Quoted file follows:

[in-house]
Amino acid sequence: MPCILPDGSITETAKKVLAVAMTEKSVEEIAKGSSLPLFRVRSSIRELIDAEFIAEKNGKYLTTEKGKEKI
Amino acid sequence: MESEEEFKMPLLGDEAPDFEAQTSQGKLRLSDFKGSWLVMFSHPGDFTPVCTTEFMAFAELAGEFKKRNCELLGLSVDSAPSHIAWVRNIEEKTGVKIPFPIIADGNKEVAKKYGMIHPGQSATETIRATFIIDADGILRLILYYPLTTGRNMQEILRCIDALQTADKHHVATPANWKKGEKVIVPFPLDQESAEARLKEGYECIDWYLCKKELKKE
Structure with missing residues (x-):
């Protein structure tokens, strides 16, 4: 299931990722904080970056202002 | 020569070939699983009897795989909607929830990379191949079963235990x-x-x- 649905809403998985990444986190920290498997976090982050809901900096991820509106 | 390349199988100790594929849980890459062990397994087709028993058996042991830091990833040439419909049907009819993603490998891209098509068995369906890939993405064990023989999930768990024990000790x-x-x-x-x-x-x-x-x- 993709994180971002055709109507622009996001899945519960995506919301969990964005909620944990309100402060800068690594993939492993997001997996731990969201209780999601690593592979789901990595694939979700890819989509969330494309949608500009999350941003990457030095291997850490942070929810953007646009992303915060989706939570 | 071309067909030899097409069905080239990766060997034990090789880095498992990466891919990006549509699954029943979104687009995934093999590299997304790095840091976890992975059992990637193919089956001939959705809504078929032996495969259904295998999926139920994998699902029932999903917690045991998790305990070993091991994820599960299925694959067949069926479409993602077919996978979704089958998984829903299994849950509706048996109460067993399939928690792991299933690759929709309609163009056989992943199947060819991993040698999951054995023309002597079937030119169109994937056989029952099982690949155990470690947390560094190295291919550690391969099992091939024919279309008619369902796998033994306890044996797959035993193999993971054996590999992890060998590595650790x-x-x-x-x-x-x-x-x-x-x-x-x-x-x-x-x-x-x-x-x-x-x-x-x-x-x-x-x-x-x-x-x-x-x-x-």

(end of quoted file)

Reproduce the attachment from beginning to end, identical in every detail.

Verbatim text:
[in-house]
Amino acid sequence: MPCILPDGSITETAKKVLAVAMTEKSVEEIAKGSSLPLFRVRSSIRELIDAEFIAEKNGKYLTTEKGKEKI
Amino acid sequence: MESEEEFKMPLLGDEAPDFEAQTSQGKLRLSDFKGSWLVMFSHPGDFTPVCTTEFMAFAELAGEFKKRNCELLGLSVDSAPSHIAWVRNIEEKTGVKIPFPIIADGNKEVAKKYGMIHPGQSATETIRATFIIDADGILRLILYYPLTTGRNMQEILRCIDALQTADKHHVATPANWKKGEKVIVPFPLDQESAEARLKEGYECIDWYLCKKELKKE
Structure with missing residues (x-):
């Protein structure tokens, strides 16, 4: 299931990722904080970056202002 | 020569070939699983009897795989909607929830990379191949079963235990x-x-x- 649905809403998985990444986190920290498997976090982050809901900096991820509106 | 390349199988100790594929849980890459062990397994087709028993058996042991830091990833040439419909049907009819993603490998891209098509068995369906890939993405064990023989999930768990024990000790x-x-x-x-x-x-x-x-x- 993709994180971002055709109507622009996001899945519960995506919301969990964005909620944990309100402060800068690594993939492993997001997996731990969201209780999601690593592979789901990595694939979700890819989509969330494309949608500009999350941003990457030095291997850490942070929810953007646009992303915060989706939570 | 071309067909030899097409069905080239990766060997034990090789880095498992990466891919990006549509699954029943979104687009995934093999590299997304790095840091976890992975059992990637193919089956001939959705809504078929032996495969259904295998999926139920994998699902029932999903917690045991998790305990070993091991994820599960299925694959067949069926479409993602077919996978979704089958998984829903299994849950509706048996109460067993399939928690792991299933690759929709309609163009056989992943199947060819991993040698999951054995023309002597079937030119169109994937056989029952099982690949155990470690947390560094190295291919550690391969099992091939024919279309008619369902796998033994306890044996797959035993193999993971054996590999992890060998590595650790x-x-x-x-x-x-x-x-x-x-x-x-x-x-x-x-x-x-x-x-x-x-x-x-x-x-x-x-x-x-x-x-x-x-x-x-």